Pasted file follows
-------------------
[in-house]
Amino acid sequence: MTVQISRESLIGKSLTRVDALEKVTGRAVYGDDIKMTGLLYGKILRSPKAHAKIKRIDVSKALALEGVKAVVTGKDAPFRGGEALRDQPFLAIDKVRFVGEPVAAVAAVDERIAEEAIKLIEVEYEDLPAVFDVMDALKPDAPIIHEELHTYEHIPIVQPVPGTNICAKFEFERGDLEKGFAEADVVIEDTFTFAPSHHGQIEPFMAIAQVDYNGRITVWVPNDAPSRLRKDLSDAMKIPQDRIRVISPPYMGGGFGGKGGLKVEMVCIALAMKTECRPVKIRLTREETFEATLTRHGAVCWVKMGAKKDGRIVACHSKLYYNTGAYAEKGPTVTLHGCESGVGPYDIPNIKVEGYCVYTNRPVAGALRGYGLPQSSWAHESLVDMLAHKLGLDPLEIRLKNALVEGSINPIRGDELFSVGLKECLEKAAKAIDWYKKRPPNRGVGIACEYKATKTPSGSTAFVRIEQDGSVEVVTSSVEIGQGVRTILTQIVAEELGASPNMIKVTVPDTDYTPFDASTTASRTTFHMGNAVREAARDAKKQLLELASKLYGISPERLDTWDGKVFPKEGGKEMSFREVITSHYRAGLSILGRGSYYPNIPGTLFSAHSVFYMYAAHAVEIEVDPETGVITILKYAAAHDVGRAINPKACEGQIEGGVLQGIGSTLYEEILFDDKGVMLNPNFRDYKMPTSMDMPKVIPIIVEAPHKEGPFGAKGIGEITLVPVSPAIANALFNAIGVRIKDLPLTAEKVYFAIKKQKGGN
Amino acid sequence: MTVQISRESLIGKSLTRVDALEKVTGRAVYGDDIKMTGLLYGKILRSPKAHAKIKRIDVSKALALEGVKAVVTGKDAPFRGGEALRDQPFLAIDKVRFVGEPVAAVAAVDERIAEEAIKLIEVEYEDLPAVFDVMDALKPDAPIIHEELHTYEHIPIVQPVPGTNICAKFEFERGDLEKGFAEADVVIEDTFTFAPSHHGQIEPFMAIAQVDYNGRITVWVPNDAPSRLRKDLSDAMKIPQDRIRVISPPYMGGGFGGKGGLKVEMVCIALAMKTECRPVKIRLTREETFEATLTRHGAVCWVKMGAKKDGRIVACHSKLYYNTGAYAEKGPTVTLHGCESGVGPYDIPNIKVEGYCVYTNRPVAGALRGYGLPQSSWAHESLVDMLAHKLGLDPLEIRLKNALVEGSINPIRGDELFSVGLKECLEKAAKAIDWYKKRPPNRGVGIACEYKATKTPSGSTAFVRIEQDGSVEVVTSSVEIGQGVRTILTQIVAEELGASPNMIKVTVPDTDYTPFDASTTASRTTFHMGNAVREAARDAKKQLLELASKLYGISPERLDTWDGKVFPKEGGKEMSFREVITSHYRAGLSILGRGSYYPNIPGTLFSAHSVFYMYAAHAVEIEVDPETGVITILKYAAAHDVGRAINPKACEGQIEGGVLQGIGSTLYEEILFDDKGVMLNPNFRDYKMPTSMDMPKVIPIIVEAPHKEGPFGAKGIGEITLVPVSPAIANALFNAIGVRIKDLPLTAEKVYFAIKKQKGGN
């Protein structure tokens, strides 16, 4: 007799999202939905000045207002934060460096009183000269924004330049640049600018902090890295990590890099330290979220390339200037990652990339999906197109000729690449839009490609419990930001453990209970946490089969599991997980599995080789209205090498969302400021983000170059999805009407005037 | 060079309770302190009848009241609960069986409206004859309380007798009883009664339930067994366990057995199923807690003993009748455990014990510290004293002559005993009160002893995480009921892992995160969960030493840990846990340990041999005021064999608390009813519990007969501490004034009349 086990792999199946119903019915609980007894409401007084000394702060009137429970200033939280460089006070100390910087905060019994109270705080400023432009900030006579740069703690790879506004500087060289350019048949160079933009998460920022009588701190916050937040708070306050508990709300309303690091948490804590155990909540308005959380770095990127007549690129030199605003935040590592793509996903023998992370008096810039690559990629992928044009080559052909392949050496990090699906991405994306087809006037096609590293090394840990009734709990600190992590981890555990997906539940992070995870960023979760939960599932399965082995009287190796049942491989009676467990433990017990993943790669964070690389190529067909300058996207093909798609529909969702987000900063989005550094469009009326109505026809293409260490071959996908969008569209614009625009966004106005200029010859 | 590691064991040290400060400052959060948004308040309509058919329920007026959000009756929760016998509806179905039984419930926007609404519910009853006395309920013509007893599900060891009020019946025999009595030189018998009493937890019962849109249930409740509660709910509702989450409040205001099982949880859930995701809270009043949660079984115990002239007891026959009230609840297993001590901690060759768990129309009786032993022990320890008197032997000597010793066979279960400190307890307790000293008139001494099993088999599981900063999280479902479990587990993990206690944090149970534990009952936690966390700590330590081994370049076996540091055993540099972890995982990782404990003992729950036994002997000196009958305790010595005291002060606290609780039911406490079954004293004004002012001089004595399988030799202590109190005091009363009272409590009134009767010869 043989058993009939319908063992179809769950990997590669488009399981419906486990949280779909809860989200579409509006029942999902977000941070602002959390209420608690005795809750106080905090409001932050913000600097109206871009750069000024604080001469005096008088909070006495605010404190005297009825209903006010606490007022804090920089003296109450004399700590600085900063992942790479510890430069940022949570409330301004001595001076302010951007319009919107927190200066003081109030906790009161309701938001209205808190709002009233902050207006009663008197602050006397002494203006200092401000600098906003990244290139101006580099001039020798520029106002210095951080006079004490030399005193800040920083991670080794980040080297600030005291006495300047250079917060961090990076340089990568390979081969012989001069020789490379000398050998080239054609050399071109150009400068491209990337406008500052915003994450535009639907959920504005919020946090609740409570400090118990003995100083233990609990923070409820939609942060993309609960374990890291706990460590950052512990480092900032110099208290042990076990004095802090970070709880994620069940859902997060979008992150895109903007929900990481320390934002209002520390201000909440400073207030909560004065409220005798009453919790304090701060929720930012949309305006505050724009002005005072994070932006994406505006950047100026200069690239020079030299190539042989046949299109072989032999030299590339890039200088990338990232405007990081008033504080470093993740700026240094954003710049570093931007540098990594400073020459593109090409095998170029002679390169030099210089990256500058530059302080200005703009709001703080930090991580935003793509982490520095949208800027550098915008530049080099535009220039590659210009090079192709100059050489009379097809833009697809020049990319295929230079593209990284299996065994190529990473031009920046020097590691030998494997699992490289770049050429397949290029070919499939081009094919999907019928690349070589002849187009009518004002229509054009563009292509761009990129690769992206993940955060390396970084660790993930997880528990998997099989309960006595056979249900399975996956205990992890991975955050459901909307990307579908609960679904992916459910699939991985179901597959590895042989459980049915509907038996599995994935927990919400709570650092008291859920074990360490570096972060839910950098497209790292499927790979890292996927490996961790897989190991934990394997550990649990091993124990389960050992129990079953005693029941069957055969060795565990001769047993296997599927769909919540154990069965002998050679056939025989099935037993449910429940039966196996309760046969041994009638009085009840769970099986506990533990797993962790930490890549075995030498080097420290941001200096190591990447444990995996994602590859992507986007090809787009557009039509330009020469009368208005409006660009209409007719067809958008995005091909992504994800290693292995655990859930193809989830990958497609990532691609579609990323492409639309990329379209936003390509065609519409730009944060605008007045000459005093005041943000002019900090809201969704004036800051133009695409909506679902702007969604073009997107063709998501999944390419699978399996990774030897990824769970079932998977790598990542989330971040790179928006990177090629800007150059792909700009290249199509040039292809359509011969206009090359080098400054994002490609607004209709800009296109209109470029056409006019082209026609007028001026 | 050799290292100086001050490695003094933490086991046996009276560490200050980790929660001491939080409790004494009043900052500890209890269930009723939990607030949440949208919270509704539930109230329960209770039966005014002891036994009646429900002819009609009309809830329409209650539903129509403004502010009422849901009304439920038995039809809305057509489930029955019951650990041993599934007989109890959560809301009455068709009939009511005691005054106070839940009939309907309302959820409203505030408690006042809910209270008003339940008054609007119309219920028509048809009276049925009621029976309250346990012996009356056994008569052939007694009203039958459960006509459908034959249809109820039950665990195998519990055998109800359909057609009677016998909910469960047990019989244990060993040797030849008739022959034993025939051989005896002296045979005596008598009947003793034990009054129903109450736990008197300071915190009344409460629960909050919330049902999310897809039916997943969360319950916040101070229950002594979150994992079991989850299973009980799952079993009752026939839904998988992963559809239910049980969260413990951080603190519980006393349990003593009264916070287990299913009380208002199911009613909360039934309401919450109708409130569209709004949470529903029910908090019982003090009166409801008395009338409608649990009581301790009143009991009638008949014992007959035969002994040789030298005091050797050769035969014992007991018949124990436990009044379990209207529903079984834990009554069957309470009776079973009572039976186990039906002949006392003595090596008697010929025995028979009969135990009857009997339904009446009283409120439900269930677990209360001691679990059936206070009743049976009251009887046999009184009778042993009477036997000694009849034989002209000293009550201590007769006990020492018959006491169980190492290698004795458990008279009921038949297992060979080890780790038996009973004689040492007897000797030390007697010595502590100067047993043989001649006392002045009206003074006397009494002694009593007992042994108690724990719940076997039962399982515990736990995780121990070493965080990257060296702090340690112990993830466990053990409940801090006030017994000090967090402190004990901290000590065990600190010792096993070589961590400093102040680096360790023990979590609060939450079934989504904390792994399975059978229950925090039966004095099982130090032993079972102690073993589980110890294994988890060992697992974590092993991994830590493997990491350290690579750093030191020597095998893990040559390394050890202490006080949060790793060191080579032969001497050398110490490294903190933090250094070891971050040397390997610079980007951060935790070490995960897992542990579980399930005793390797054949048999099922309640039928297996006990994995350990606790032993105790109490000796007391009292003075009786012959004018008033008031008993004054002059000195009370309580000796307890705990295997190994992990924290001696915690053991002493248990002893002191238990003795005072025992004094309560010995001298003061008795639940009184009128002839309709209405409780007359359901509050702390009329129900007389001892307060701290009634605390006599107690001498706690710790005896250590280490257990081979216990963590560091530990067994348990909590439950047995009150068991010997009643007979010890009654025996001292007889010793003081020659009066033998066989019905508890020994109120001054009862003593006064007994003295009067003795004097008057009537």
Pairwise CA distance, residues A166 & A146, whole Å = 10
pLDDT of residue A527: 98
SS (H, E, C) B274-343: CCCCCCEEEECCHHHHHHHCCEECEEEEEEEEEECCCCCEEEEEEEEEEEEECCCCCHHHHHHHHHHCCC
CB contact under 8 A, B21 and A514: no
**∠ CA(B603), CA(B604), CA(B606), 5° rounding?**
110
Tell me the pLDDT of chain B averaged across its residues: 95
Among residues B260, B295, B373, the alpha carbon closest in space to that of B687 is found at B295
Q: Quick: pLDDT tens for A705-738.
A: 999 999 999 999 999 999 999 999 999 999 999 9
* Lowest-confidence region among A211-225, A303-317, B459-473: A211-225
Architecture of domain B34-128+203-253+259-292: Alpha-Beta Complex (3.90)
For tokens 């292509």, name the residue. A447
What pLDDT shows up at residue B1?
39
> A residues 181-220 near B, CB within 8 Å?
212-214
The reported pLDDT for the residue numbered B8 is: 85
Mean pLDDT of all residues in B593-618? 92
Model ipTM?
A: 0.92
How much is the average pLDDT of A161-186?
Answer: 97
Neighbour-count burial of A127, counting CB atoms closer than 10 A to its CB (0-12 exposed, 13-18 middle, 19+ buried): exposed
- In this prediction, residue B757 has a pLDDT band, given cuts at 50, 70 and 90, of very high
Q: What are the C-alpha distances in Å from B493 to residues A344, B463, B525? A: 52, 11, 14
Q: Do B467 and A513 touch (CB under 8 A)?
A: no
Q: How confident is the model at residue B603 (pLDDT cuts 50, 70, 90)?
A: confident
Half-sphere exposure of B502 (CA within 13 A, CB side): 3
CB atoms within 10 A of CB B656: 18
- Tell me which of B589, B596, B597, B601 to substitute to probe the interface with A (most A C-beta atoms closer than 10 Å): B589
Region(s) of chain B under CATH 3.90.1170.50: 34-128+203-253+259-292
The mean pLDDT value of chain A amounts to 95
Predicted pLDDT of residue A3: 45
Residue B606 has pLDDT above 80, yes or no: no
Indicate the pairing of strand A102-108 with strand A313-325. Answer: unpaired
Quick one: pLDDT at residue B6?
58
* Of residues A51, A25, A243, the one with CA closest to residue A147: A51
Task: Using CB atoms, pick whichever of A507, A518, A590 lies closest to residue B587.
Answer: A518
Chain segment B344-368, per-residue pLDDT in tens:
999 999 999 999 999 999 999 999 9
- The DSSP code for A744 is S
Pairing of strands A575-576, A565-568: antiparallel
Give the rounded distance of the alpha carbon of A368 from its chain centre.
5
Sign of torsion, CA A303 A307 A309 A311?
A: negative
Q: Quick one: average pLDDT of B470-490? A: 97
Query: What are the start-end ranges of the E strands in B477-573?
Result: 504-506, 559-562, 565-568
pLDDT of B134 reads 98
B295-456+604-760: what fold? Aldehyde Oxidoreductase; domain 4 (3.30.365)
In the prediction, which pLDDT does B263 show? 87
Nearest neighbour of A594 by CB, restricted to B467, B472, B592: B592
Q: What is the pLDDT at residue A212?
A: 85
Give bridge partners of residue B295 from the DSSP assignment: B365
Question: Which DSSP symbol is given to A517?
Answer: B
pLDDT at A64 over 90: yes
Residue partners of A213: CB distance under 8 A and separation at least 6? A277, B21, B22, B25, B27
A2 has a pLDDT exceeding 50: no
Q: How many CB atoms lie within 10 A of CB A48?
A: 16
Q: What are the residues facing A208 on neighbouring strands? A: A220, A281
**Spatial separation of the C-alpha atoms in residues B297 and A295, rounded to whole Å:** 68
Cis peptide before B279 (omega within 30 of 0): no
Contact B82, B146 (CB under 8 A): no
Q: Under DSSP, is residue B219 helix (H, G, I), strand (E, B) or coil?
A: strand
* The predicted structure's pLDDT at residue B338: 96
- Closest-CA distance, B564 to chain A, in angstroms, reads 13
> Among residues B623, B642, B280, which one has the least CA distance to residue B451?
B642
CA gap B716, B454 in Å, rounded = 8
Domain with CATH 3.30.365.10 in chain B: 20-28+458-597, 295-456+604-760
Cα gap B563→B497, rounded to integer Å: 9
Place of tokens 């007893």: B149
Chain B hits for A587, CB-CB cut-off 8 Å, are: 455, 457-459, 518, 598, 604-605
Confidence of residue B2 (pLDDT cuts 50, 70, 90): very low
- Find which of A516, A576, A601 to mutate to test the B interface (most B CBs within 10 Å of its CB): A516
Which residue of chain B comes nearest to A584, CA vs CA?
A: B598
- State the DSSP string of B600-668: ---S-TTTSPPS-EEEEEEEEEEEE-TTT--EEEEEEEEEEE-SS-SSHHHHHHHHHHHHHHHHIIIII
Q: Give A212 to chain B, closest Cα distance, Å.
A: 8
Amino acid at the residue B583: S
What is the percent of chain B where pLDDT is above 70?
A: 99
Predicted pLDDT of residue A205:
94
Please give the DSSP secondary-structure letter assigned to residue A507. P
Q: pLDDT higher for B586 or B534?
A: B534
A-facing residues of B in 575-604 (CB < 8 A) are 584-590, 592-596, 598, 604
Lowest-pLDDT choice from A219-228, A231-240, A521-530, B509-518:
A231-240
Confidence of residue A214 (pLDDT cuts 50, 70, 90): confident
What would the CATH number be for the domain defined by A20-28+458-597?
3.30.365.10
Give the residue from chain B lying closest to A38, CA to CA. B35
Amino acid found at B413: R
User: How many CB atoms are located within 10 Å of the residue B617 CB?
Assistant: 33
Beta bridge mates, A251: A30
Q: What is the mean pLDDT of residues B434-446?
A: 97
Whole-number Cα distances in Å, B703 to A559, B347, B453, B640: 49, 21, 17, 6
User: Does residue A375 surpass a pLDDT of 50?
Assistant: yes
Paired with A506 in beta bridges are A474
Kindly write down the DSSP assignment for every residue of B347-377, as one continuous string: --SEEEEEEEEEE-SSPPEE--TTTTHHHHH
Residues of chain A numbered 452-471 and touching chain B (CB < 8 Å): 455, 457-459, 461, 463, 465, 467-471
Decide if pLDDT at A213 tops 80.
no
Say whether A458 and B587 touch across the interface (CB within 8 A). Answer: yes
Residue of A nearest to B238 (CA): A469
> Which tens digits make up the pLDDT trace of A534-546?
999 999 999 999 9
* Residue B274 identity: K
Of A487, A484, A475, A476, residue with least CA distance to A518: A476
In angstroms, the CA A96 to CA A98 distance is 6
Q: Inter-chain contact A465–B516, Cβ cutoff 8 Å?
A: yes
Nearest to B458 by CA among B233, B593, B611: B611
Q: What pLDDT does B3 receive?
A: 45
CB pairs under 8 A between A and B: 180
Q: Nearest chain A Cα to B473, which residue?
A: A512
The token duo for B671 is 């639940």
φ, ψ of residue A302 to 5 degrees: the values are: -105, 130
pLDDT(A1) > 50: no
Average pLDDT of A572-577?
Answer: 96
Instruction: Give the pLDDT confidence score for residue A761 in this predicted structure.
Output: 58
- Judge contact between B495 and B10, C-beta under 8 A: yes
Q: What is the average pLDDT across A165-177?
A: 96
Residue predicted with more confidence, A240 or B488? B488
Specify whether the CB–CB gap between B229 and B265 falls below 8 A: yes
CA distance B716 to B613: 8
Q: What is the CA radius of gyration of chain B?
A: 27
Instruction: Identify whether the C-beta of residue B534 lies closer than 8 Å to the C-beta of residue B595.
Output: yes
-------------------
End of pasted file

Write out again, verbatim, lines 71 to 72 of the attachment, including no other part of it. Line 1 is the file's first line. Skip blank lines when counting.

Q: How many CB atoms lie within 10 A of CB A48?
A: 16